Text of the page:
The social realities and power structures in the villages severely impact ARTH's work. Take, for instance, the case of Ganeshi Bai, 25, who was pregnant. The ARTH centre referred her to a government hospital for blood transfusion. She went home and raised a hue and cry saying, "The doctors are telling me to go to Udaipur and are asking me to take blood from my husband. Is that possible? Can a woman take her husband's blood?"

Gameti says that Ganeshi and her family could not understand that she needed a blood transfusion and that her husband could donate blood. "Ten days after a seemingly normal delivery, she died," Gameti recalls.

Also, with only two outreach centres, ARTH finds it difficult to meet the various needs of women in a state as vast as Rajasthan. The alternative is scary. In desperation, a woman will just approach the local 'Bengali doctor', a quack, and go through a very traumatic abortion.

"Women with botched abortions have turned to us for help later. Because the health centres are open 24x7, we are able to help some, but not all women are so lucky," says Iyengar. Earlier, before the outreach centres were set up, women had to travel all the way to Udaipur in case of an emergency. But since the doctor's days are fixed now, the social animators urge women to meet the doctor at the centre.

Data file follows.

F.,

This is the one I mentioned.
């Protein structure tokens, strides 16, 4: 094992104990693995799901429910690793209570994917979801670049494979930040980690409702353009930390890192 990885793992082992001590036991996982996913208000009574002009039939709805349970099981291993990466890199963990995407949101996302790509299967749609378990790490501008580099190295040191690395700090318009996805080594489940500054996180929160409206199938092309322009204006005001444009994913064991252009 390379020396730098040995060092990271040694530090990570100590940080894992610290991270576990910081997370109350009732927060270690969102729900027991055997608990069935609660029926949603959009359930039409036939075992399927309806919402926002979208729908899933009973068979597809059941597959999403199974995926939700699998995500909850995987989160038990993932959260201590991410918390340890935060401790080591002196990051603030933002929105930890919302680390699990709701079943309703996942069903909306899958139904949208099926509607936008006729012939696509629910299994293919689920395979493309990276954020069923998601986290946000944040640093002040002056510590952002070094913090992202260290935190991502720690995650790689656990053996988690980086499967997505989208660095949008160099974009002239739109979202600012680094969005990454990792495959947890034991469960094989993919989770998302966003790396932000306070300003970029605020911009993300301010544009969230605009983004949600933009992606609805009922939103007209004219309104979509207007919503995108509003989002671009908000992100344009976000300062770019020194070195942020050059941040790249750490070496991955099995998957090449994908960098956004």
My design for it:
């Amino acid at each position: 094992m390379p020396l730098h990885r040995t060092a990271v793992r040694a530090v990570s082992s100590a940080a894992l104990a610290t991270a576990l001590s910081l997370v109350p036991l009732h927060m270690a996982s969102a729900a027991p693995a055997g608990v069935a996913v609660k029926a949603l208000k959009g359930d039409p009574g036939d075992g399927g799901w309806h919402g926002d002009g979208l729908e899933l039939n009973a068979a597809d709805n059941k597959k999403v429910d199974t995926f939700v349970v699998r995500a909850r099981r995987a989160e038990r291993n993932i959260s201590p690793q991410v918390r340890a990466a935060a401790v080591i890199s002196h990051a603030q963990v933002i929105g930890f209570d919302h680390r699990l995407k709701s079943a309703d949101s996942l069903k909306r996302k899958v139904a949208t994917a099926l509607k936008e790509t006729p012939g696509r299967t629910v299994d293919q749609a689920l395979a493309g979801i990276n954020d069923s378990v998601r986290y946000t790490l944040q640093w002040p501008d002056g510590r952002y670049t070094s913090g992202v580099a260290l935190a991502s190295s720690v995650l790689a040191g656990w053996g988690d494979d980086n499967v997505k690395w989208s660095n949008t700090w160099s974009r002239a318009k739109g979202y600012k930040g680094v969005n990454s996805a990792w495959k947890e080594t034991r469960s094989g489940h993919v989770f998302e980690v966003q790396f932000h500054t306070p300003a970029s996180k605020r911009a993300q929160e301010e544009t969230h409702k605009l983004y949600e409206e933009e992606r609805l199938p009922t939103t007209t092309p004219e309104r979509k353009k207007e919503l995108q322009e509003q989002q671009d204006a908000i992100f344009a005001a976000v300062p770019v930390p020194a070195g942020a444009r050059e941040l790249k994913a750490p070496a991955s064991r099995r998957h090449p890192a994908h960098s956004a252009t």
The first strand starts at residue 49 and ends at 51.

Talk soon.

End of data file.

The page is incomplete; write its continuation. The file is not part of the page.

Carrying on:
Winds of change

Radhabai, President of a recently formed SHG in the village, says, "We are now getting together so that we can improve the lives of women and children in the village." In village Chapra, the SHG donated a room for ARTH's field clinic in 2001. The SHG is responsible for keeping the room clean, and a Swasthya Sakhi meets pregnant women, lactating mothers parents of small children and advises them to visit the field clinics.

Gameti attends the monthly meetings of the SHG at Kadiaya and gives health education to women. Here, she has formed two groups of adolescent girls with 35 members each. She speaks to them about health issues. These interactions have encouraged many adolescents and SHG women to attend the saksharta (literacy) camps running in the village.

And the changes are there for all to see. According to Radhabai, the women of the village have begun to ensure more cleanliness.

However, their main sense of achievement comes from the fact that they have been able to create awareness among women on a very personal and intimate issue, such as reproductive health, in an extremely feudal region.

The village confidante Gameti knows she has a long task ahead. "I wanted to finish my studies, but I really do not have the time. After work, I have to cook, wash clothes..."